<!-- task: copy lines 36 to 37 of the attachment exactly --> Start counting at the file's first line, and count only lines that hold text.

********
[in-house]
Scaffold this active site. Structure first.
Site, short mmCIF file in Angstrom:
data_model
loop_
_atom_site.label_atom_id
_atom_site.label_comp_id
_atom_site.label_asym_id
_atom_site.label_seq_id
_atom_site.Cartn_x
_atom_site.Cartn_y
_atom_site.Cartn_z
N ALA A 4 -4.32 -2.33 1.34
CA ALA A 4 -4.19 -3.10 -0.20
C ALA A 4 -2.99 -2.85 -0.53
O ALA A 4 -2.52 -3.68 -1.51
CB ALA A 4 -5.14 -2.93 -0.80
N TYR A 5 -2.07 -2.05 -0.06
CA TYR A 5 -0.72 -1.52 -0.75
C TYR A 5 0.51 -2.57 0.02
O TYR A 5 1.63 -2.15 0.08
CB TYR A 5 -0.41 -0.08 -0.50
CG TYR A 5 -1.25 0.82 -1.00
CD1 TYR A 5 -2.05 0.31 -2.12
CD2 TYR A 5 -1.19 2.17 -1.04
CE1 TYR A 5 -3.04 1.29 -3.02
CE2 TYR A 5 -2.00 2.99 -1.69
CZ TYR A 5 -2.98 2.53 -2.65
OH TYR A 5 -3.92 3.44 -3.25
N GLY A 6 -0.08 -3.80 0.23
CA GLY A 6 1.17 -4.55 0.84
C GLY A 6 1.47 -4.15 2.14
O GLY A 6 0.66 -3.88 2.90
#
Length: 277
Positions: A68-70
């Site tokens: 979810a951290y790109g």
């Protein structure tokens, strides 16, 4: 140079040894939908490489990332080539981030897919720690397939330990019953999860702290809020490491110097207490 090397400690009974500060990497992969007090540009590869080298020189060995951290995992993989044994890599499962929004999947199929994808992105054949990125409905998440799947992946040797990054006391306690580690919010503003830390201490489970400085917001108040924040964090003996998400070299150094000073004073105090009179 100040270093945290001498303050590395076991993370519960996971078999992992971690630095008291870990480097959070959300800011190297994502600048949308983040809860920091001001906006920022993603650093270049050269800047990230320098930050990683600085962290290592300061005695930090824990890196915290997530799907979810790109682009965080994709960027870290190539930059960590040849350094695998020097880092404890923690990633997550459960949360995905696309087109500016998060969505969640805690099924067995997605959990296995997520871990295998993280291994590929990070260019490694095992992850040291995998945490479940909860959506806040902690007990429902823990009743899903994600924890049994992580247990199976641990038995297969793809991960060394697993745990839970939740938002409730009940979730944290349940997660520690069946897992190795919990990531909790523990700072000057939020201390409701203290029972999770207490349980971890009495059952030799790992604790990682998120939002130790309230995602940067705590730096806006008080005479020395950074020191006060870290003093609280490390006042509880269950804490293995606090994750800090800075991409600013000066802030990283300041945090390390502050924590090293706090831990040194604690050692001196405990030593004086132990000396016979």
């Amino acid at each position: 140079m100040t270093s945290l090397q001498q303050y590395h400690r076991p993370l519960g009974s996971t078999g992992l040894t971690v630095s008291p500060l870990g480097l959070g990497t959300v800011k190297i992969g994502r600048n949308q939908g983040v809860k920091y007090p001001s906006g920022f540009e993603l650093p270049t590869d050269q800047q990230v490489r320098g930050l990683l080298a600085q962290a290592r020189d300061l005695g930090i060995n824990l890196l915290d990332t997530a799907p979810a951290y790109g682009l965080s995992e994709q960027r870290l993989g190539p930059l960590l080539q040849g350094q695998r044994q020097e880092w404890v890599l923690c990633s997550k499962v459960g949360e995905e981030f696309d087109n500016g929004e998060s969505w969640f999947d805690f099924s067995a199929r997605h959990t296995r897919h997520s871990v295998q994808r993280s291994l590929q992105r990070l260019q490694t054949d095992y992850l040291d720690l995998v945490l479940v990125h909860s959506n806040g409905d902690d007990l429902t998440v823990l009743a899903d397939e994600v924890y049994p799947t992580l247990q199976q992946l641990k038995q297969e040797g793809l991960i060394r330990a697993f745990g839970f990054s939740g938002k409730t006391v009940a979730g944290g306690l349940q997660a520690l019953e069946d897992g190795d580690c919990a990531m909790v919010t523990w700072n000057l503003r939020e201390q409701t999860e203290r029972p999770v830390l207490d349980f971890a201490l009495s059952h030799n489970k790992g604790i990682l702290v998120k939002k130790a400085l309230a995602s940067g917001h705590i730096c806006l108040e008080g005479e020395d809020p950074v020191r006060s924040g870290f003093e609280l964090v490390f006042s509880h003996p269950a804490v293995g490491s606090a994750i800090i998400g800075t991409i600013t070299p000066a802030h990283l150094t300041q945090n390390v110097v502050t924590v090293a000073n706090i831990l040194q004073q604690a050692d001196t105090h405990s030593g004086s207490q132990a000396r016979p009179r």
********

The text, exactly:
Positions: A68-70
């Site tokens: 979810a951290y790109g």